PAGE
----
The federal government is distributing grant money to counties to fight opioid addiction. But Española and the surrounding area might not get any of it, even though communities there have struggled for years with some of the highest overdose death rates in the country.
Two-hundred and twenty counties are on a list the feds are using to determine which places are “at-risk,” but Rio Arriba County in northern New Mexico isn’t one of them. Lauren Reichelt said she was shocked to learn this. She’s the director of the county’s Health and Human Services Department, and she started asking around. The list comes from research about HIV outbreaks that emphasized white populations.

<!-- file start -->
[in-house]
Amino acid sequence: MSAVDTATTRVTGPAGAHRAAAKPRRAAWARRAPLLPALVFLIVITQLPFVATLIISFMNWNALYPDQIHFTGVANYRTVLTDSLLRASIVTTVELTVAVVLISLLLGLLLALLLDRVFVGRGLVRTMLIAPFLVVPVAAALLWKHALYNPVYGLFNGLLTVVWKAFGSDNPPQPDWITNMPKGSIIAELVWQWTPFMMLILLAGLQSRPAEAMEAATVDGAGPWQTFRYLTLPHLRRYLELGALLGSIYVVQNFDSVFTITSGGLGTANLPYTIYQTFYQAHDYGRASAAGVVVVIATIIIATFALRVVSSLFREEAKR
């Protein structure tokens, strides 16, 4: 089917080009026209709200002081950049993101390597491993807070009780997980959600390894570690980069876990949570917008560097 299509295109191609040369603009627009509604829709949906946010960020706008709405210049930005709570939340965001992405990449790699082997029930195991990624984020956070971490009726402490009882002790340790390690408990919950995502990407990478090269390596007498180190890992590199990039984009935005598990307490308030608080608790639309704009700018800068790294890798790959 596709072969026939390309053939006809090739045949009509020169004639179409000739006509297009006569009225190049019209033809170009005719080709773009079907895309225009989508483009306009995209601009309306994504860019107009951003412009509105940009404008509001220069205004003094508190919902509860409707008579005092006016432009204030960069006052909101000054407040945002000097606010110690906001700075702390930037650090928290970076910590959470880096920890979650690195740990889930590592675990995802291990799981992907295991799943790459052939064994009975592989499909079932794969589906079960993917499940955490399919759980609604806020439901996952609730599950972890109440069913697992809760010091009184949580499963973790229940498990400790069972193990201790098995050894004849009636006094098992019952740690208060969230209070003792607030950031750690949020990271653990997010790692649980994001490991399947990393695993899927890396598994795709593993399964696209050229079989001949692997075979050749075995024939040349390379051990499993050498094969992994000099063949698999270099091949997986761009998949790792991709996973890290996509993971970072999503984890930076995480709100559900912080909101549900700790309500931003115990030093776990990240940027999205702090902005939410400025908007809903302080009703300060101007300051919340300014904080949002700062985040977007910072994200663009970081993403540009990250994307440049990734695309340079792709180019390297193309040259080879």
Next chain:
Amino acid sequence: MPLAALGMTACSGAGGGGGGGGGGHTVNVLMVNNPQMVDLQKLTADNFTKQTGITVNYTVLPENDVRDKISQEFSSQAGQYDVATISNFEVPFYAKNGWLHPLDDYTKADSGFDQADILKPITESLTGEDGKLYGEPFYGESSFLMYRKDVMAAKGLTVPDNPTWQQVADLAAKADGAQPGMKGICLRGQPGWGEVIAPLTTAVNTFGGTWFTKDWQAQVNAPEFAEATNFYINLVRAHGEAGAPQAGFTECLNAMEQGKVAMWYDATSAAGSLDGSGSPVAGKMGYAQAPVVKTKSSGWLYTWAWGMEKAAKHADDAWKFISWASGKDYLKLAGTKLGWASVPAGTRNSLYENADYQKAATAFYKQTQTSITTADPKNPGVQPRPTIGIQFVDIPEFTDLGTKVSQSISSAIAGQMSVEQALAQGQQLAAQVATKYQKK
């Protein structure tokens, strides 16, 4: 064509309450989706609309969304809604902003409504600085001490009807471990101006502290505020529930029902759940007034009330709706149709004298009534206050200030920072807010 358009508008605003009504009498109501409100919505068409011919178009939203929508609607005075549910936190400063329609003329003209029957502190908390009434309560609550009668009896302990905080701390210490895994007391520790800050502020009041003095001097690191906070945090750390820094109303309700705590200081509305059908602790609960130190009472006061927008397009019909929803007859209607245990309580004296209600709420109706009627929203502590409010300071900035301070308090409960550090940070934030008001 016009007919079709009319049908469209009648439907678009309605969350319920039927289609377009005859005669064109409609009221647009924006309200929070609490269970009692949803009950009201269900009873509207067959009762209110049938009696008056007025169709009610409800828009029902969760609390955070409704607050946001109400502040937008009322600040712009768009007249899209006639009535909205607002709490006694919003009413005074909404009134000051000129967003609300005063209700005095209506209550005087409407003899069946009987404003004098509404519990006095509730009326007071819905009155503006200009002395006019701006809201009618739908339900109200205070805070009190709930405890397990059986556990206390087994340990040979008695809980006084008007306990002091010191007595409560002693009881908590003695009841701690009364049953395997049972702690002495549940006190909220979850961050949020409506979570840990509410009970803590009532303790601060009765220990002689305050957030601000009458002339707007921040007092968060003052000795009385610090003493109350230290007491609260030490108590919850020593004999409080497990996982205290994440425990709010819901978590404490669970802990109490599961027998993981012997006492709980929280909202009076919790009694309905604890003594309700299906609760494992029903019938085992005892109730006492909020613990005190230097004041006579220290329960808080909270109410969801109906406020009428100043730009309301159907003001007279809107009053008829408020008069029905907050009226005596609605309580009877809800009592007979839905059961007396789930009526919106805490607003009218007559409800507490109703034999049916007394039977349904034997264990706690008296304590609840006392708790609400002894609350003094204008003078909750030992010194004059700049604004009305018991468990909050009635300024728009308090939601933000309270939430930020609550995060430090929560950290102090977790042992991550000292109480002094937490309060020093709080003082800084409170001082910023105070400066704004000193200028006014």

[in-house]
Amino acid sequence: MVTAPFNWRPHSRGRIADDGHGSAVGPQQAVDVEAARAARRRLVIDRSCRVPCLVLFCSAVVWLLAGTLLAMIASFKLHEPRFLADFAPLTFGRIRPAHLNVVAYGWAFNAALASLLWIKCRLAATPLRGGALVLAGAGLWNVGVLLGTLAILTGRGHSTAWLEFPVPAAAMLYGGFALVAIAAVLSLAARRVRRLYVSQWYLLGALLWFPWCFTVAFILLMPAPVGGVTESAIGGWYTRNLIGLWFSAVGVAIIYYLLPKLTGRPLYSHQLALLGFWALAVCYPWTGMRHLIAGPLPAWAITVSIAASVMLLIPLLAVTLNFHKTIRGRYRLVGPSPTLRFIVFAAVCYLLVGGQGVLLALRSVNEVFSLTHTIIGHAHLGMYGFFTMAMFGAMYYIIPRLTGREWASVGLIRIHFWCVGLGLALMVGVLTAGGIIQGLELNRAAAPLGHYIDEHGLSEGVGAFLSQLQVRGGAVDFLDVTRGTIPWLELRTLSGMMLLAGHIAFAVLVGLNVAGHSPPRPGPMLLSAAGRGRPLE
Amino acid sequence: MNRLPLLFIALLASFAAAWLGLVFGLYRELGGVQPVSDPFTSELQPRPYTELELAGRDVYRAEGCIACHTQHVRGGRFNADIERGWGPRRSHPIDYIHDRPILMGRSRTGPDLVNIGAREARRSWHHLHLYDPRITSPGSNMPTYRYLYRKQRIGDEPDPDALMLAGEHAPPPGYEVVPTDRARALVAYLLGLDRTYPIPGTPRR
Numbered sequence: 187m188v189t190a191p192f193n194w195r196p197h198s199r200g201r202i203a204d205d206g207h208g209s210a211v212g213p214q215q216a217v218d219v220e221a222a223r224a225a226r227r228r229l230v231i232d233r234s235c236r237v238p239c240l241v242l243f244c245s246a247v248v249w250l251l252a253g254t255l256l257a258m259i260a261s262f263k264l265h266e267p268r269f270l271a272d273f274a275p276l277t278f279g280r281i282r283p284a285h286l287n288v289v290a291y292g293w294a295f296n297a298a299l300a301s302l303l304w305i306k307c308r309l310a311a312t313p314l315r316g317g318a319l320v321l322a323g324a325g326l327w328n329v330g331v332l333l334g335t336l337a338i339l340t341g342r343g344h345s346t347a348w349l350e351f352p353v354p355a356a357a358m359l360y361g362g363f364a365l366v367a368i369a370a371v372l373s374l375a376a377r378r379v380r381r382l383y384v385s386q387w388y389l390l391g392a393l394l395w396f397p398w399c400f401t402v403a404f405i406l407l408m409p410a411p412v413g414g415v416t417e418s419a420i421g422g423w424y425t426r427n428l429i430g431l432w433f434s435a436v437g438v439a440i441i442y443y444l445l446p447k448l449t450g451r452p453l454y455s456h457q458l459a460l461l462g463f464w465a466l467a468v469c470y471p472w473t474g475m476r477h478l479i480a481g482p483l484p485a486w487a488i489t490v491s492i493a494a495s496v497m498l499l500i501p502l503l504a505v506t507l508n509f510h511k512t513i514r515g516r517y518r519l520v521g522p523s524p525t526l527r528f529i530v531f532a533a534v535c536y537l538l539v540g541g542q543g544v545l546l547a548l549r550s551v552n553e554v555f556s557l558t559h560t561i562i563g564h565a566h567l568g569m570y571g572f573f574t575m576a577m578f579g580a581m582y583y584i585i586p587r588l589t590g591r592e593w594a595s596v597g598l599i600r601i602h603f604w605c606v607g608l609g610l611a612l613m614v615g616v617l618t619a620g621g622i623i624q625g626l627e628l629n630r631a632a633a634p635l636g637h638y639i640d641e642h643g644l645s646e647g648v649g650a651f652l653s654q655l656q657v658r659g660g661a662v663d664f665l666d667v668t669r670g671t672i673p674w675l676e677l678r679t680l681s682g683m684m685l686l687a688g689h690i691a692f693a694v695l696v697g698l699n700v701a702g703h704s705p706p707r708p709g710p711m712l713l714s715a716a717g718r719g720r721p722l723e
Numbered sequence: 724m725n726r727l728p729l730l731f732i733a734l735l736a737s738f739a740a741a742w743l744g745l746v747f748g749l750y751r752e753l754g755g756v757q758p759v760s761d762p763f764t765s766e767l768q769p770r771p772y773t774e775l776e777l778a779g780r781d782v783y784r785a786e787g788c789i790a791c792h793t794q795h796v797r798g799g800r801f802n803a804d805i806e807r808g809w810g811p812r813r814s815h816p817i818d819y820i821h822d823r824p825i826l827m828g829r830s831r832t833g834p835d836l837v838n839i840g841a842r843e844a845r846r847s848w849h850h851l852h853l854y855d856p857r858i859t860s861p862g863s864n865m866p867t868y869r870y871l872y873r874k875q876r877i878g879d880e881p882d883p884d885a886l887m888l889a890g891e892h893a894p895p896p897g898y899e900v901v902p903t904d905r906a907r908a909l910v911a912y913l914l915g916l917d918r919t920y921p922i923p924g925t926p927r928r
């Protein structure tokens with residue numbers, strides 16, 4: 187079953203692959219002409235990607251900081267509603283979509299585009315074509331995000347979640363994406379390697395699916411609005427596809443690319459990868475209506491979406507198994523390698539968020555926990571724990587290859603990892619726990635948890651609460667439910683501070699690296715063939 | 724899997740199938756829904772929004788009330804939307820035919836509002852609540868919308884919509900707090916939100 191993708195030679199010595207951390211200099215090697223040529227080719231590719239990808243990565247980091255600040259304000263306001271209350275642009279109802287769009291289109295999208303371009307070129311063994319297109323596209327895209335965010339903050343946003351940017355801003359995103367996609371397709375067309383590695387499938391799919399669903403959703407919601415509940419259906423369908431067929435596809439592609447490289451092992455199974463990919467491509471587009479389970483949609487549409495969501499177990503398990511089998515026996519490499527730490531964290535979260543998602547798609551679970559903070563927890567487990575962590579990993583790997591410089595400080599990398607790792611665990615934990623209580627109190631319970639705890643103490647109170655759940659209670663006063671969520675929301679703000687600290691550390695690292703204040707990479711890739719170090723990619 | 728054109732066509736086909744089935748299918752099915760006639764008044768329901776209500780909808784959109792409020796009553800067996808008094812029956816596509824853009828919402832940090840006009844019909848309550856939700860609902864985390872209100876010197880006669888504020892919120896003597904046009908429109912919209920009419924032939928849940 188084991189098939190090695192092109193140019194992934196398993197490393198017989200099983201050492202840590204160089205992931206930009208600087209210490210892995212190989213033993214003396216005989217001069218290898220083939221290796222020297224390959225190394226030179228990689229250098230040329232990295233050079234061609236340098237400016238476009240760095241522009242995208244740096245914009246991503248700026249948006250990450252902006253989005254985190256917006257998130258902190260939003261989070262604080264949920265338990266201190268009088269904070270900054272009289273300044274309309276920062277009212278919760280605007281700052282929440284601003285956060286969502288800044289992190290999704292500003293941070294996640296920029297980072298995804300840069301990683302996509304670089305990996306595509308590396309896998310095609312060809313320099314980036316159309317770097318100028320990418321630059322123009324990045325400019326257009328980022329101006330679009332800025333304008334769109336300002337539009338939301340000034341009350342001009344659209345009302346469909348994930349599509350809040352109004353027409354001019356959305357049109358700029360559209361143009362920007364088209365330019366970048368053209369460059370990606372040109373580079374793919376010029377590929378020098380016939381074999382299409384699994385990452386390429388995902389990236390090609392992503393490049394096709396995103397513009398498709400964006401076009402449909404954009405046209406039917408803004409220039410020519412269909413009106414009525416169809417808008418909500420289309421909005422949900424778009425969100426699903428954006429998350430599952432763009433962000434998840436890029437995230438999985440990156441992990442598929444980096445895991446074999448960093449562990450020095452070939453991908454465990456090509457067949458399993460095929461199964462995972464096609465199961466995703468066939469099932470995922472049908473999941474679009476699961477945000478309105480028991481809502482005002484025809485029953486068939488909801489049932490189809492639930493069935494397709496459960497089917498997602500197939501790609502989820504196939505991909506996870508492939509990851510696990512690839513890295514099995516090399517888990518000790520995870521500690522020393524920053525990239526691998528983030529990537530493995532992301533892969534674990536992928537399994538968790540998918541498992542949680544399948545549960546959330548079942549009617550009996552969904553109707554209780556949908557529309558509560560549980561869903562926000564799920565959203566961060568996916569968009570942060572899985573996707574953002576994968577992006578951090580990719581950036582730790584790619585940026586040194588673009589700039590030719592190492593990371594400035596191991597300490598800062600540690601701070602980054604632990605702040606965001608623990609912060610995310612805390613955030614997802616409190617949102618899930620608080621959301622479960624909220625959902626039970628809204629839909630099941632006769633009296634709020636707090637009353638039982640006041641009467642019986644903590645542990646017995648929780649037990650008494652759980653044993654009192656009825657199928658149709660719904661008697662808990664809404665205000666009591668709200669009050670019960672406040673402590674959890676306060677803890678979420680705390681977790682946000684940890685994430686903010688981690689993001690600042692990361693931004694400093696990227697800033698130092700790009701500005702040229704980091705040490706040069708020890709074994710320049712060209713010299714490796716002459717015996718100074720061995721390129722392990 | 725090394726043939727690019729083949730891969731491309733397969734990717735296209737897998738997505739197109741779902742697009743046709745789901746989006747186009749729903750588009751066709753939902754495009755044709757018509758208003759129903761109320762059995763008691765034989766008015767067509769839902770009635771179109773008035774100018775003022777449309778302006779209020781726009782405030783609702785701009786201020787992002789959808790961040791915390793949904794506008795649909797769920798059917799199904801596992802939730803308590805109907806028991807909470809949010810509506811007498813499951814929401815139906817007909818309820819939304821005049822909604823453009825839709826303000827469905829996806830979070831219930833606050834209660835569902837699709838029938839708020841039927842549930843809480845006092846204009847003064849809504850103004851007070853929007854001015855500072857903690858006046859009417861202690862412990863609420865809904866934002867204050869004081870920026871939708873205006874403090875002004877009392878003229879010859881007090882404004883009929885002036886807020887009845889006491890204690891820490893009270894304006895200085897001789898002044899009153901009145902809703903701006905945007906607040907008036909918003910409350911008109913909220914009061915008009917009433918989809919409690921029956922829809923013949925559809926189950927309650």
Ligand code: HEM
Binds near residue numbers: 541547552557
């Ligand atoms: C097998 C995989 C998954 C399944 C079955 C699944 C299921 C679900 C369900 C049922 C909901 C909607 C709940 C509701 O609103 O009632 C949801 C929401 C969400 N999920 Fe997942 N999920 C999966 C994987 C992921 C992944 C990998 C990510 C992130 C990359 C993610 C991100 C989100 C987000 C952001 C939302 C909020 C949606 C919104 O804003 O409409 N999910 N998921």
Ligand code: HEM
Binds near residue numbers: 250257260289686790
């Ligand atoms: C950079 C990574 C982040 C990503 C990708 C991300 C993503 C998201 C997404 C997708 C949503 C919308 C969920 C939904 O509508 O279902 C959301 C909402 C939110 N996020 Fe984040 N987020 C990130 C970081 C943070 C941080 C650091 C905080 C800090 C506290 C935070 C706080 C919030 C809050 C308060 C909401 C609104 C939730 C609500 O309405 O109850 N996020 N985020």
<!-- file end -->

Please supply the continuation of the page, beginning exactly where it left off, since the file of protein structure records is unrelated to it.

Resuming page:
Reichelt said that means the federal opioid grants will be skewed toward white communities.
"You create two different means of addressing a disease," she said. "So for one group of people—in this case white people—it’s a chronic disease and you’re entitled to treatment. For another group of people—which would be people of color—it becomes a criminal issue and you throw them in jail."
Rio Arriba County is largely Hispanic and Native American, according to the Census. Using research this way is bad politics, Reichelt said, and communities of color could miss out on hundreds of thousands of dollars to fight a the opioid epidemic here.